Acoustic analysis of seabed at the Ten Noorden van de Waddeneilanden wind farm zone
In this project the seabed of the Ten Noorden van de Waddeneilanden (TNW) wind farm zone (North Sea, Netherlands Continental Shelf) has been investigated towards indicators for presence of biogenic reef structures and the distribution of sediments based on acoustic data. The area is located about 60 km north from the Wadden Sea Islands and covers an area of around 25 km by 6 km with a relatively constant water depth ranging between 34 and 37 m (LAT). This area of TNW has been indicated as area for offshore wind. The actual wind farm is not built yet and the project aims for an analysis of the seabed state before the wind farm will be operational. This provides a reference of the seabed state for future studies.
The multibeam echosounder (MBES) bathymetry and backscatter data as well as the side-scan sonar (SSS) backscatter data were acquired between July and November 2019 by the company MMT Sweden AB. In addition, Van-Veen grab samples were taken in August 2019 to ground truth the seabed sediments. This has been executed by order of RVO.
The MBES bathymetry data revealed in general a flat seabed with a gentle decrease in the water depth from the west towards the east. The slope gradients are pre-dominantly below 1°. The majority of the seabed possess no bedforms and only in the most eastern part widely-spaced sediment banks and mega ripples on the western flanks of the banks are observed. The banks have widths of approximately 400 m and ranges in height between 0.3 to 0.8 m. They are situated unevenly across the area with distances between 400 and 1800 m (MMT 2020). On the broad banks in the south-east of the study area, small valleys are present reaching depths of around 40 cm. These valleys are also the most interesting location in terms of biogenic reefs. The MBES and SSS backscatter data show high backscatter within the valleys. In addition, the high-resolution SSS images present an alternating pattern of high and low backscatter values, which could be an indicator for the presence of reefs. Another possible cause for the alternating pattern could be small ripples. However, angular response curves (ARC) calculated from the MBES backscatter indicate very rough material, for example the accumulation of shells, gravel or even biogenic reefs. That means, it would be rather unusual that ripples are formed extensively on such a seabed. In order to proof the presence of biogenic reefs located within the valleys on the broad banks and eventually verify the acoustic indicators, a ground truthing campaign with video recordings is recommended. Another interesting observation west of the sand banks, are small patches of high acoustic classes surrounded by low acoustic classes. This is an acoustic indication for the accumulation of coarser material within an area of finer material. It is likely that the coarser material corresponds to an increased accumulation of shell fragments.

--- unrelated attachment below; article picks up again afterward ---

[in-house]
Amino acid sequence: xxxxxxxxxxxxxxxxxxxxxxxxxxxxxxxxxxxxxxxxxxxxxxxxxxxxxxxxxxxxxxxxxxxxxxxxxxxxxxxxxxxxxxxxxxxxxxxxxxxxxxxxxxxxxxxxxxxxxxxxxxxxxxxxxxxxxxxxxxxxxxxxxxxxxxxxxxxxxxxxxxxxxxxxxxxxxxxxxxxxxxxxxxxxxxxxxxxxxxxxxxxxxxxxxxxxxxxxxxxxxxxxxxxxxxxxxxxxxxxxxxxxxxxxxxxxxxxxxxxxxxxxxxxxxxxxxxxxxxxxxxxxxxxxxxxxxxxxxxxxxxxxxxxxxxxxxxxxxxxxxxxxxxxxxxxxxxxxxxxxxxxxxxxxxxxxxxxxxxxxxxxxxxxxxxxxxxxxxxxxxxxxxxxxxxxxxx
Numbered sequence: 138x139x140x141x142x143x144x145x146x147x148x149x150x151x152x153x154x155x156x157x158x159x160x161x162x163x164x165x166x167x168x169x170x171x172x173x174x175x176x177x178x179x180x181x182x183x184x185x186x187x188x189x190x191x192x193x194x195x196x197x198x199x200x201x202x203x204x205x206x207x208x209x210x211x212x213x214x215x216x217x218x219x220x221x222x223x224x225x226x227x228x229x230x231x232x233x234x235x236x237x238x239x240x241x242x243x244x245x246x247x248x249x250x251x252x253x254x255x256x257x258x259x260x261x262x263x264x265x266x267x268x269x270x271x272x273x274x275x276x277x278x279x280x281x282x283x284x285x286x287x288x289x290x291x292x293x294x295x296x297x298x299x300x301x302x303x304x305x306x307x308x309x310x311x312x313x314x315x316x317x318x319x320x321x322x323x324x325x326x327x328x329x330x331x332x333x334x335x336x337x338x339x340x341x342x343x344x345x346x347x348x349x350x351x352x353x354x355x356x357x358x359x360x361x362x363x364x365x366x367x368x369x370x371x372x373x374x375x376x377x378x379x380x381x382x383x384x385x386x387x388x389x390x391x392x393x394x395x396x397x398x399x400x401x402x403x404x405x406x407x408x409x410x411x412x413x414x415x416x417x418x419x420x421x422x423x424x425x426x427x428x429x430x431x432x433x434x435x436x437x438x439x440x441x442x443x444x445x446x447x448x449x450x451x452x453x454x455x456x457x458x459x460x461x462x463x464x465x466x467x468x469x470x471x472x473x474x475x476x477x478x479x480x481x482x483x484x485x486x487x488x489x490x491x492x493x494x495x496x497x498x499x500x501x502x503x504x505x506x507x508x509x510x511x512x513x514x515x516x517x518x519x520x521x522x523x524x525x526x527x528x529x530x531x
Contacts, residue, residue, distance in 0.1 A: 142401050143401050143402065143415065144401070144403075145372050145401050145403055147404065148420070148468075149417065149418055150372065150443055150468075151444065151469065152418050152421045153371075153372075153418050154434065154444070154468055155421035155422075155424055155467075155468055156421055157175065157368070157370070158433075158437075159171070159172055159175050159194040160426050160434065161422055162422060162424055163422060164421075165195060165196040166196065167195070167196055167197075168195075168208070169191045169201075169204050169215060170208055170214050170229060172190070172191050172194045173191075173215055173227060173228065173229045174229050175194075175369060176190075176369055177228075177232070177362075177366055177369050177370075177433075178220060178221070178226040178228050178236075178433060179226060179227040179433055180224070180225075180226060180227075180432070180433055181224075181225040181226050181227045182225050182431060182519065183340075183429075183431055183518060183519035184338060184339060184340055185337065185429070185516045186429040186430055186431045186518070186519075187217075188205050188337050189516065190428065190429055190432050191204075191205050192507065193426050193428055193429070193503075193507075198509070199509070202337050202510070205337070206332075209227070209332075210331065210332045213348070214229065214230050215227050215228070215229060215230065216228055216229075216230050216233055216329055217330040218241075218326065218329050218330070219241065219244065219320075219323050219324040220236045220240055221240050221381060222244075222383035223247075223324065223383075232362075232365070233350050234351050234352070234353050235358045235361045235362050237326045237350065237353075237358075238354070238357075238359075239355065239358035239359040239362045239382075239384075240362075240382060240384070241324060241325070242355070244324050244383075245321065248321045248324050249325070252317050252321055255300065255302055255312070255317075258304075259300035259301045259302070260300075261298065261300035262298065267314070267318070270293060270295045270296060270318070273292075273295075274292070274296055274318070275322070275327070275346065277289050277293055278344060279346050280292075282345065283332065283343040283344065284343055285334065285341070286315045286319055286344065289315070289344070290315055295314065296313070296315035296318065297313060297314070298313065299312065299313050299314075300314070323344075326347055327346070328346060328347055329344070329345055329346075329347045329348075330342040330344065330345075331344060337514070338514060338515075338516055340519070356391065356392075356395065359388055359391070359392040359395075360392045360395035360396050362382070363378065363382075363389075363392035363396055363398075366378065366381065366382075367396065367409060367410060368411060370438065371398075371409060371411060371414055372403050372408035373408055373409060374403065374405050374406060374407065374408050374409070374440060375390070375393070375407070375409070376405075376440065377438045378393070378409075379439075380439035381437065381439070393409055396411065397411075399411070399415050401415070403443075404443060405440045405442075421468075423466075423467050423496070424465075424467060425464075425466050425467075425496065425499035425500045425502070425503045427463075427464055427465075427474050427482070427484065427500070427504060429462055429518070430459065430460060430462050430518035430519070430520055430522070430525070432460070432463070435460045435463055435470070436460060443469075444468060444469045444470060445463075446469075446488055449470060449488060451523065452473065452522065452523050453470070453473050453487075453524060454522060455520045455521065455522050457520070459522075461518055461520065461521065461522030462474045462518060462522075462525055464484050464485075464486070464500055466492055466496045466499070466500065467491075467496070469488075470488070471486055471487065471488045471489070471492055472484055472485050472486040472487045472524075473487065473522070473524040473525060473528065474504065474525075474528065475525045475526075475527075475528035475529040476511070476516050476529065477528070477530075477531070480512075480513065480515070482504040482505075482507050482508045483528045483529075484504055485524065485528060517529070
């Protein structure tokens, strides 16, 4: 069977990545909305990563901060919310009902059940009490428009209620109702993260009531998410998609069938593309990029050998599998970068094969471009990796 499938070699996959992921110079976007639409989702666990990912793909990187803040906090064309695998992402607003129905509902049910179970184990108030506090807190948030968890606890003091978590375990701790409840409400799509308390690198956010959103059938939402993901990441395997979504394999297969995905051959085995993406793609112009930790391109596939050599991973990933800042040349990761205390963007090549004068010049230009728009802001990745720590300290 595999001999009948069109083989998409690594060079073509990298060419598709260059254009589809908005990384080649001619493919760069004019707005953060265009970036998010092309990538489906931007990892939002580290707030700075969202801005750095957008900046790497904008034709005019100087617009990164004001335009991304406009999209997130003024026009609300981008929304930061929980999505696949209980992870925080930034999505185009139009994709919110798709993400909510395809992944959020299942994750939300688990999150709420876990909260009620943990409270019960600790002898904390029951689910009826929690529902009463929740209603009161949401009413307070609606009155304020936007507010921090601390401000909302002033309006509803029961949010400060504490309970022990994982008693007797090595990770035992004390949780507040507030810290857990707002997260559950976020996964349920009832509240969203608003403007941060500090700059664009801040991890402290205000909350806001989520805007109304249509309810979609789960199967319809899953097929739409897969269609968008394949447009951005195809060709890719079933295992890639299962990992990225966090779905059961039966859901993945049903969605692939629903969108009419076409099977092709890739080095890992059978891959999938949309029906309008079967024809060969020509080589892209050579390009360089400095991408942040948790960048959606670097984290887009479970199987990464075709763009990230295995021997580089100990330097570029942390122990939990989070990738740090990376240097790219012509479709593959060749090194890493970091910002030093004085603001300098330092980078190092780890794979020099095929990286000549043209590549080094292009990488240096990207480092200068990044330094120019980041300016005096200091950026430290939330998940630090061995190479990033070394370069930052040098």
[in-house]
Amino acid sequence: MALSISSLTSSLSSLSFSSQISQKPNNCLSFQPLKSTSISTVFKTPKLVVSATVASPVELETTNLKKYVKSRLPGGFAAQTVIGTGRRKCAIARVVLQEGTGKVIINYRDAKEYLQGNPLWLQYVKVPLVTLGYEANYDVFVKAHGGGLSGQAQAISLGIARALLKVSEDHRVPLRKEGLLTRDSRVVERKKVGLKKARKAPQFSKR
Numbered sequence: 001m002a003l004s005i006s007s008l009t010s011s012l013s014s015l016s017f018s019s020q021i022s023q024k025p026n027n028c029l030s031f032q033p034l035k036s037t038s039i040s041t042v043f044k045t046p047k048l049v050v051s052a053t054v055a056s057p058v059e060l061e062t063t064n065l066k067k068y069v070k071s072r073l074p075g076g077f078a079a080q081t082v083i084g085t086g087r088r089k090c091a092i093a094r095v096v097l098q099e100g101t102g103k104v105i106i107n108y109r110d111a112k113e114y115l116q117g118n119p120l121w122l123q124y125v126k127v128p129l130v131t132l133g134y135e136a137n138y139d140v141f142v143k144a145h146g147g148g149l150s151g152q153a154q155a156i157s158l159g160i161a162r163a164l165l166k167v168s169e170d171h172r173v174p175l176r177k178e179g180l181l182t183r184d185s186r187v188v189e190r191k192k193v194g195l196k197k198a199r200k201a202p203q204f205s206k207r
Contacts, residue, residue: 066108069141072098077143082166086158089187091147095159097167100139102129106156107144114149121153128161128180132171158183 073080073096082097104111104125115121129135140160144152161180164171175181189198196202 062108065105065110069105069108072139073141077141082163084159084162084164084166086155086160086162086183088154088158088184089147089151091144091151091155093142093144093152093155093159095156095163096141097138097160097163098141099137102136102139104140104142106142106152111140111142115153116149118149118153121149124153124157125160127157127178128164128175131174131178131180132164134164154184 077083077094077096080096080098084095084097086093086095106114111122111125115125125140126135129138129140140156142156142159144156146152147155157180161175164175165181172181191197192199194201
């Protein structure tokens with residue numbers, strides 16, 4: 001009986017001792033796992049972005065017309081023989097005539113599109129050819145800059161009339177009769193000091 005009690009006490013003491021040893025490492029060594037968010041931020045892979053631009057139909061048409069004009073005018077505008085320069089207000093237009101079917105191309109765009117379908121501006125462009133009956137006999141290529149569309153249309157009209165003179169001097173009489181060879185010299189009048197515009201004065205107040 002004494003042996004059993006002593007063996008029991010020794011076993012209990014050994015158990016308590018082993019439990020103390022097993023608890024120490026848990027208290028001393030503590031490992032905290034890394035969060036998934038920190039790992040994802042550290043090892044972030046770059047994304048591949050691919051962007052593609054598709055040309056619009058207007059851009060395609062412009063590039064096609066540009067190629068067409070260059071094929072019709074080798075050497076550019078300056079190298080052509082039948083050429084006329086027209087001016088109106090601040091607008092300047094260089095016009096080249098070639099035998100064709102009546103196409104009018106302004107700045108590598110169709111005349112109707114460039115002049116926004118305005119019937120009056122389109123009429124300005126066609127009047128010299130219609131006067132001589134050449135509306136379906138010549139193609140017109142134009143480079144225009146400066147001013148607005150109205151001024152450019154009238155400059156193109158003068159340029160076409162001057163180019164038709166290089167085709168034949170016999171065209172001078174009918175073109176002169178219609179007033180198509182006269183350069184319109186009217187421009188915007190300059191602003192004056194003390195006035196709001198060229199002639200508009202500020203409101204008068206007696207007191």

However, the presence of reef-building species could also be a possible explanation. Ground truthing is recommend to prove.
The majority of the seabed samples were classified as clayey to silty fine to medium sand with predominantly sand as the major constitute. However, at two locations clay was found as the major constitute and at one location medium to coarse sand was observed. The d50-value of the samples range from 80 to 400 μm. A general observation is that the seabed samples are coarser and contain less mud in the west of the study area. Considering the MBES backscatter range of 13 dB and backscatter models, showing a difference of 10 dB between clay and coarse sand (APL (1994), Gaida (2020)), the measured MBES backscatter reflects the variation observed in the sediment samples very well. Based on the MBES measurements at the sample locations, the MBES backscatter allows to distinguish medium to coarse sand from fine to medium sand, but does not clearly distinguish between clay and fine to medium sand. The MBES bathymetry has in general a better correlation with the sediment samples. Undetected shell fragments in the sample, or the small content of gravel in the fine sediment samples, can have a high influence on the backscatter, and could results in the low correlation between backscatter and the fine sediment samples. Therefore, we still argue that the MBES backscatter and the acoustic classification maps are still suitable as an indicator for the sediment distribution.
In general, two distinctive areas can be distinguished in the TNW wind farm zone. The east and middle part consist of finer sediments (clay to fine, medium sand) indicated by low to medium backscatter and the broad banks covered with coarser sand indicated by the high backscatter. As mentioned above the valleys on the broad banks contain even coarser sediments, where a chance of the presence of biogenic reefs exists. Based purely on the backscatter based classification, the western part of the study area is further divided into a circular patch of low acoustic backscatter, indicative for more clayish sediments, and the area surrounding the circular patch with medium backscatter, indicating more finer sands.
Since the bathymetry showed a better correlation with the sediment samples, we further used both layers as an input in the acoustic classification. Based on the resulting map, the circular patch in the west is much smaller and the entire area appears to be even more homogeneous. To finally assess the accuracy of both maps, more grab samples would be needed.
The full report can be read here.